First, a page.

The corporate regulator said the ads may be misleading or deceptive to investors.
On Friday, ASIC announced it had placed a stop order on advertisements that contain misleading or deceptive statements about a class of units in the RES Investment Fund.
The interim stop order prevents Responsible Entity Services (RES), the responsible entity of the fund, from advertising or publishing any statement about PPM Units that suggests an investor will acquire equity in Pleasure Point Mine Pty Ltd (PPMPL), a related entity of RES.
ASIC stated that “misleading or deceptive” statements were identified in an online ad for PPM Units in its recent examination of the marketing and disclosure of the RES Investment Fund.
“ASIC considers that statements that investors will acquire equity in PPMPL are misleading or deceptive, because they may lead investors in PPM Units to believe that they will receive shares and/or a direct-ownership interest in PPMPL,” the corporate regulator said.
“The statements are not consistent with the description of the PPM Units in product disclosure statements for the fund and PPM Units.”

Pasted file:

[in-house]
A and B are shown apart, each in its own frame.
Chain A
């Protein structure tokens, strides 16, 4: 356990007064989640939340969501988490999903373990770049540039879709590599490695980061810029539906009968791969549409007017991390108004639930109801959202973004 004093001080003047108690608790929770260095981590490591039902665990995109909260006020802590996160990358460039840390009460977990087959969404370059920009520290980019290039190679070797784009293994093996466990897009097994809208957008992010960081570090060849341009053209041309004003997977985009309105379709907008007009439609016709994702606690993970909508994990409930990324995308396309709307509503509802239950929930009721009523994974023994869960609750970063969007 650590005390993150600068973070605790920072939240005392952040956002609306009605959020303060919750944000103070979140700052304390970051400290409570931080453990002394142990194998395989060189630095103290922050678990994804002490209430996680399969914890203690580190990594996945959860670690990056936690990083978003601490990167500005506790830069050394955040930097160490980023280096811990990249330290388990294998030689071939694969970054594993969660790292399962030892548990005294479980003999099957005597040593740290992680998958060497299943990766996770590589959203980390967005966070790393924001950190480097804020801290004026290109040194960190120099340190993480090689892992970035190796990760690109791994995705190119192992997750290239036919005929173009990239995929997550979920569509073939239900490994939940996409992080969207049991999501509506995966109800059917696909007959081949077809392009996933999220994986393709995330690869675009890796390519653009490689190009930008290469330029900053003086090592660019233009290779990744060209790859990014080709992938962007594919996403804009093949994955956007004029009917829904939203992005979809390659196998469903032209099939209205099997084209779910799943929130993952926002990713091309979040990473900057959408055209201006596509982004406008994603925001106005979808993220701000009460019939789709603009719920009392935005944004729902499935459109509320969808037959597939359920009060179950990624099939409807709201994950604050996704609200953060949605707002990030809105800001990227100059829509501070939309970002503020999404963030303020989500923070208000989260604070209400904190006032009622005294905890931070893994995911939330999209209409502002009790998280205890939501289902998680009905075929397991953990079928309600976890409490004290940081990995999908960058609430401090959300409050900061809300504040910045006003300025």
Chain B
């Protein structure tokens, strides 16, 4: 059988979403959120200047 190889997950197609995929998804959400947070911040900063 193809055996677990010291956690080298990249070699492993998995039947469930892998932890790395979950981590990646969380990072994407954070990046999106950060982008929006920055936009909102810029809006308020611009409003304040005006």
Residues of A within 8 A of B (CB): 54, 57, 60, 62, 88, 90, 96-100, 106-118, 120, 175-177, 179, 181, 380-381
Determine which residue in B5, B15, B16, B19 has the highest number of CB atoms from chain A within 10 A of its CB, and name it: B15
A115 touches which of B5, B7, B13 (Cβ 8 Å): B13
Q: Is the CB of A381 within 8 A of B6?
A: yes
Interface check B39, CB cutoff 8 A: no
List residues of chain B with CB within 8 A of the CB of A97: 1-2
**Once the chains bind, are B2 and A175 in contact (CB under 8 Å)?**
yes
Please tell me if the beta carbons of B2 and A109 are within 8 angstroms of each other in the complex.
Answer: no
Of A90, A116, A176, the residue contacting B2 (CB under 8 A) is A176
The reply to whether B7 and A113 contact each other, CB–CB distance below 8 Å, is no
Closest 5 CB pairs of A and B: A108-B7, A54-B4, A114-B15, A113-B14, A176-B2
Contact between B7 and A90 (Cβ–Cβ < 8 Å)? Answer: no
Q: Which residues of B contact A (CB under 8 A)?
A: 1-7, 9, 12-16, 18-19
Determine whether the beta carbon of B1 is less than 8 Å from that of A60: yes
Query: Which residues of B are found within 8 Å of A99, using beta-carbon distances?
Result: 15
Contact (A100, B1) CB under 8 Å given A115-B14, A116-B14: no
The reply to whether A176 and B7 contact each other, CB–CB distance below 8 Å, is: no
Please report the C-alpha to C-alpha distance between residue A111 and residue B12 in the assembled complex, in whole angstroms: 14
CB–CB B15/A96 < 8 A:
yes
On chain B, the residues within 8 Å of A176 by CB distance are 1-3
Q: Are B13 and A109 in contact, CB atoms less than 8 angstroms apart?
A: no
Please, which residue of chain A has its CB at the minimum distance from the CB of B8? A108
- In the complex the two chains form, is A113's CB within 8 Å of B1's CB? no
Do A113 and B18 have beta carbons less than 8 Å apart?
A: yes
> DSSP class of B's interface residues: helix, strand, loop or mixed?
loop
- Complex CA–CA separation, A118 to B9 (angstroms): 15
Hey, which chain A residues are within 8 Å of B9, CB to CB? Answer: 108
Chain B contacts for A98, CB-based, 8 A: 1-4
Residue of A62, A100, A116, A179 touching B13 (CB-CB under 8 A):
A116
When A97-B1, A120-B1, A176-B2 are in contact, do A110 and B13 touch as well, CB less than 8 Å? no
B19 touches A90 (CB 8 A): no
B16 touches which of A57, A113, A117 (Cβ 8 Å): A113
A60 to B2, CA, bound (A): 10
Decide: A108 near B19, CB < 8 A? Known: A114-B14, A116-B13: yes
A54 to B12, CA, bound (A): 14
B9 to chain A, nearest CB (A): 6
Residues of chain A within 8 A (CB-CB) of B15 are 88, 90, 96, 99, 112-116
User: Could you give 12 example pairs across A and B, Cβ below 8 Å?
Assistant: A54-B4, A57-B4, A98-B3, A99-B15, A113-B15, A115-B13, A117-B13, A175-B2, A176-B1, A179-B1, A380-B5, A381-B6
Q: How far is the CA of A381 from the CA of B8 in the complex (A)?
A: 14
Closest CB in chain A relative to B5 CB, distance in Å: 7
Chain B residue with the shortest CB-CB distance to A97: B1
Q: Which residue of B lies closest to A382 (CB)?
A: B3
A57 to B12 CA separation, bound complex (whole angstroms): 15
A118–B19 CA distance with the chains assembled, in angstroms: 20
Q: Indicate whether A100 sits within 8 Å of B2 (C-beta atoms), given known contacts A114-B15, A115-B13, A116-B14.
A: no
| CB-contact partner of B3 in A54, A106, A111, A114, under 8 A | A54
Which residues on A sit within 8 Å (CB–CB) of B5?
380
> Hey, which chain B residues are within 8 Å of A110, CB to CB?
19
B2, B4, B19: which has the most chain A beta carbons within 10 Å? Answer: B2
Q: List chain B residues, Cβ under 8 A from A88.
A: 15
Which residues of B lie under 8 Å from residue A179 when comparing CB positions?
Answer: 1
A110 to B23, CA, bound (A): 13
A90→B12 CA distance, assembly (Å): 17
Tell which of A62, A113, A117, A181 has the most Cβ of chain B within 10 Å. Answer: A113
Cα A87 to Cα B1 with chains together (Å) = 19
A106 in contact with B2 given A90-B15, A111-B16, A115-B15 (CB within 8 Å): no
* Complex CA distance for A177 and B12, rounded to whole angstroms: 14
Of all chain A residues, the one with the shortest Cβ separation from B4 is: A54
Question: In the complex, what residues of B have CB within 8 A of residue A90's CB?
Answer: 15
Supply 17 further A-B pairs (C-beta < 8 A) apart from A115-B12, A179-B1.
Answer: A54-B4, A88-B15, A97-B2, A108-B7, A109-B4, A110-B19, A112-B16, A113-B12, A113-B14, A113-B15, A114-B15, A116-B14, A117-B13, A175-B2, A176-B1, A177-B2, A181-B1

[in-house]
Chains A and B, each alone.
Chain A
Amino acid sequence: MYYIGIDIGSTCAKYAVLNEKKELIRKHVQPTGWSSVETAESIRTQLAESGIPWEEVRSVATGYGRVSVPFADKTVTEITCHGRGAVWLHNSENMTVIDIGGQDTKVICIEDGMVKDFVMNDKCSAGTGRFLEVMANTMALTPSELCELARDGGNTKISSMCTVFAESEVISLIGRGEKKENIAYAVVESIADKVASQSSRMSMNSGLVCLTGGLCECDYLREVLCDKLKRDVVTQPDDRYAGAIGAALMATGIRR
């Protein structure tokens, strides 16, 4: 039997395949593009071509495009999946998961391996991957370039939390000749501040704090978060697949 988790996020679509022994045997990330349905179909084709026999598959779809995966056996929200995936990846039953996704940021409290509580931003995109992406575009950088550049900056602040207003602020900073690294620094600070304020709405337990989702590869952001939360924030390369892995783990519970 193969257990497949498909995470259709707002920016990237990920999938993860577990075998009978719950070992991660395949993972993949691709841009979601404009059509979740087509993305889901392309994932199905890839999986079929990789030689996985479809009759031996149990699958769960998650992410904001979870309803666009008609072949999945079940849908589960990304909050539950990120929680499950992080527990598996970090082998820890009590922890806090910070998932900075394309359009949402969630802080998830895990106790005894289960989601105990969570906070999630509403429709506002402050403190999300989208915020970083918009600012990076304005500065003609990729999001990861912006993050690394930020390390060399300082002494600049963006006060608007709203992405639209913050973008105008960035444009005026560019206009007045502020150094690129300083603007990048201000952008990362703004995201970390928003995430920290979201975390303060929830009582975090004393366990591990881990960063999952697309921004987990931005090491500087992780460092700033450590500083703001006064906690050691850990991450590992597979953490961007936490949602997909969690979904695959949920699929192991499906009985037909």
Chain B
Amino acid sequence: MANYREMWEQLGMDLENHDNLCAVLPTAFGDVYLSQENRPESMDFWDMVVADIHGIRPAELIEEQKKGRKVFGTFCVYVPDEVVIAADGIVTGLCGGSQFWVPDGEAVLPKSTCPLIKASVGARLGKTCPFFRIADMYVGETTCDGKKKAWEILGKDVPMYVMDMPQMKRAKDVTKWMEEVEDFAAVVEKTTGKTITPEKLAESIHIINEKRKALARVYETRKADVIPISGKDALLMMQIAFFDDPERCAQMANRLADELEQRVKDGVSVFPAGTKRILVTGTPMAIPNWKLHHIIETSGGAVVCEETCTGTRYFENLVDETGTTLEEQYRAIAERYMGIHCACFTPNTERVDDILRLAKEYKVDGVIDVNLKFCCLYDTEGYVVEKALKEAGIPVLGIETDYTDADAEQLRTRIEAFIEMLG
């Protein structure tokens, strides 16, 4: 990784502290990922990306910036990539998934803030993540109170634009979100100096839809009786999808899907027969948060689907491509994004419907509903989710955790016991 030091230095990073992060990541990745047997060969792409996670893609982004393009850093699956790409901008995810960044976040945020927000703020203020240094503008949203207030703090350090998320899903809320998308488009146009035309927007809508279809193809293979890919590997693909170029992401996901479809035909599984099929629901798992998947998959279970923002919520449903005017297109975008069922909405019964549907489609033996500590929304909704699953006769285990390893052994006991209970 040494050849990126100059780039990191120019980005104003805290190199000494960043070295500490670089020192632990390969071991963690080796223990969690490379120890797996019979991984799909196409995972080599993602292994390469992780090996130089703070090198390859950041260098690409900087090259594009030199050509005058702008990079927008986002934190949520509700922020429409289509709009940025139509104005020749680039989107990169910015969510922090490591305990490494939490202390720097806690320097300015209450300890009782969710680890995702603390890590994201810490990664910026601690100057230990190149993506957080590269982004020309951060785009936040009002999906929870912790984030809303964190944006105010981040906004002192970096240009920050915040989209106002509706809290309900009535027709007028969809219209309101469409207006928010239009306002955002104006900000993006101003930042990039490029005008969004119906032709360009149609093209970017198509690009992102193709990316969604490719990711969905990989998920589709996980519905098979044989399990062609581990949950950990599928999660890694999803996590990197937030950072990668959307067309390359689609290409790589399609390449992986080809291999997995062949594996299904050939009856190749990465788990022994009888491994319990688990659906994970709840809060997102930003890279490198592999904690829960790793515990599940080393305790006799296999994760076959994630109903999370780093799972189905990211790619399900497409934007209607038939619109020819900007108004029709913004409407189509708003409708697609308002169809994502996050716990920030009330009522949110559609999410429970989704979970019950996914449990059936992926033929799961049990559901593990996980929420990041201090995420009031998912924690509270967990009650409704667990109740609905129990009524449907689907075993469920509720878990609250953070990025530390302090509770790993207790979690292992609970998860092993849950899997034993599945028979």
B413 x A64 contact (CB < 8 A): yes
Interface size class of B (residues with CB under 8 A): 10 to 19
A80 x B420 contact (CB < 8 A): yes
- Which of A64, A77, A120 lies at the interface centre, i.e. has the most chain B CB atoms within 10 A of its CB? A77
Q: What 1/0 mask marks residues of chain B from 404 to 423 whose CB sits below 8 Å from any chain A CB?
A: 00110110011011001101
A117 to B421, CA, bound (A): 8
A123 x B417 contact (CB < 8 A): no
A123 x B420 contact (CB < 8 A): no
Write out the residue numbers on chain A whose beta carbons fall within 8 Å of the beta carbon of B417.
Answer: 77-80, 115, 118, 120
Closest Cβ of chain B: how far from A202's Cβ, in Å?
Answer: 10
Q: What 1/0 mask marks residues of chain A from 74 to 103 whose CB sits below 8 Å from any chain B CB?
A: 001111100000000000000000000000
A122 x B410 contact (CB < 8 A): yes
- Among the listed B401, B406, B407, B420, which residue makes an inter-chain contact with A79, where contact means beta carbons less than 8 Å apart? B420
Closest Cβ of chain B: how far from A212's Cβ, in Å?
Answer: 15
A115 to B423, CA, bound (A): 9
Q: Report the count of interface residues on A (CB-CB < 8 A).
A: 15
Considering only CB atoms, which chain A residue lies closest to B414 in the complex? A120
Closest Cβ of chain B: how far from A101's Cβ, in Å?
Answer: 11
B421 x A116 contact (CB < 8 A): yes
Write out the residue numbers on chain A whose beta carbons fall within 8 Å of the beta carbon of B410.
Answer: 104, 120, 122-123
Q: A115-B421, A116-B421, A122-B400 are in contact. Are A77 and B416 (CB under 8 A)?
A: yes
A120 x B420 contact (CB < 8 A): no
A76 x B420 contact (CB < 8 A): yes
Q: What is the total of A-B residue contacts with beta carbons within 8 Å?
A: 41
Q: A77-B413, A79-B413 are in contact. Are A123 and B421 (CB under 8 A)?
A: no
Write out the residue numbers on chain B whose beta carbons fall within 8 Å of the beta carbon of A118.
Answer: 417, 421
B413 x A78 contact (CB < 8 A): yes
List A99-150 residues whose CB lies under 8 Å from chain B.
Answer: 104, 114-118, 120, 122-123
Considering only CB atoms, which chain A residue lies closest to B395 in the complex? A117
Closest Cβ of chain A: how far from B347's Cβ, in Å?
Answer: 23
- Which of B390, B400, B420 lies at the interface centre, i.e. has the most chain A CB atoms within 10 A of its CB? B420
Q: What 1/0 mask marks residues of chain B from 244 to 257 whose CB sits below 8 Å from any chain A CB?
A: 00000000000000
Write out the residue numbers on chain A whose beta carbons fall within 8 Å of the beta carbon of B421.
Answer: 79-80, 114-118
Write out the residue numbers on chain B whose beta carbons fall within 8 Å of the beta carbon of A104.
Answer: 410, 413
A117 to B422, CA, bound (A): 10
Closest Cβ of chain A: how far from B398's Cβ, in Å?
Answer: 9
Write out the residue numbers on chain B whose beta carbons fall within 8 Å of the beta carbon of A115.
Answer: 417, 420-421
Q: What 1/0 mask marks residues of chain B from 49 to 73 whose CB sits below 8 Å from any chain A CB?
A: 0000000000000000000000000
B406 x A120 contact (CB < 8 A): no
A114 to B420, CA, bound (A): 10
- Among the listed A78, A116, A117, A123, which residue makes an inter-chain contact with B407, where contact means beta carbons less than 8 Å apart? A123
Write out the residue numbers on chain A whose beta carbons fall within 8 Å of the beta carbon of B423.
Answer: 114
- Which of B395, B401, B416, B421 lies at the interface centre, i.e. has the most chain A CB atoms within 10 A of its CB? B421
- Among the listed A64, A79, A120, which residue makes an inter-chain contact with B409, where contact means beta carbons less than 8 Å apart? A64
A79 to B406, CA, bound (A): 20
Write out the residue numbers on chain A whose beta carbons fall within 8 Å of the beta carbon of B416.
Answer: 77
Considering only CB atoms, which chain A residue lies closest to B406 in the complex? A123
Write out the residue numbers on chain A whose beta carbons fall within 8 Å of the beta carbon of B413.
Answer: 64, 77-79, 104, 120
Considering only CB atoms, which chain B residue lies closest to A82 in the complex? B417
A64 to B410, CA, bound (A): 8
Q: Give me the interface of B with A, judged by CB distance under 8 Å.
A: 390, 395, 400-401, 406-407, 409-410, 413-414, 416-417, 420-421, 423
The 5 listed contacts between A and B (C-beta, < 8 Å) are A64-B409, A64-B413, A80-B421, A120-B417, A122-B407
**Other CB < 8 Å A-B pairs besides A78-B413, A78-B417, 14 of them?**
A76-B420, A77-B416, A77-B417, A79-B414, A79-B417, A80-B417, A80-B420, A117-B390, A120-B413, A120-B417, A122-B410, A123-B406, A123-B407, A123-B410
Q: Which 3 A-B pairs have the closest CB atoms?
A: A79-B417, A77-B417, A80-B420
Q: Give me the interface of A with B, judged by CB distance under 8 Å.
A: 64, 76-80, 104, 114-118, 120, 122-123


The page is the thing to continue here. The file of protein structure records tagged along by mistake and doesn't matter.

ASIC noted that the sole underlying asset of the PPM Unit class in the managed fund is a loan to PPMPL.
The stop order will remain valid for 21 days unless revoked earlier. ASIC also said that it may consider further regulatory action in relation to the fund and RES.
During the past year, the corporate regulator has taken enforcement action for misleading or false against both Mayfair 101 and La Trobe Financial Asset Management.
The Mayfair 101 Group was ordered to pay a combined penalty of $30 million for misleading advertising in December last year while La Trobe was hit with a $750,000 penalty last November for false and misleading marketing.
Earlier this year, the regulator commenced a surveillance into the marketing of managed funds to identify “misleading performance and risk representations” in promotional material.
“ASIC remains concerned that managed fund promoters continue to target consumers, particularly retirees or those planning for retirement, with ambiguous or misleading performance and risk representations,” ASIC deputy chair Karen Chester said in March.
“Where we identify fund marketing of concern, we will also review the corresponding product disclosure statements, websites and target market determinations to assess if the marketing claims are misleading.”
Jon Bragg is a journalist for Momentum Media's Investor Daily, nestegg and ifa. He enjoys writing about a wide variety of financial topics and issues and exploring the many implications they have on all aspects of life.
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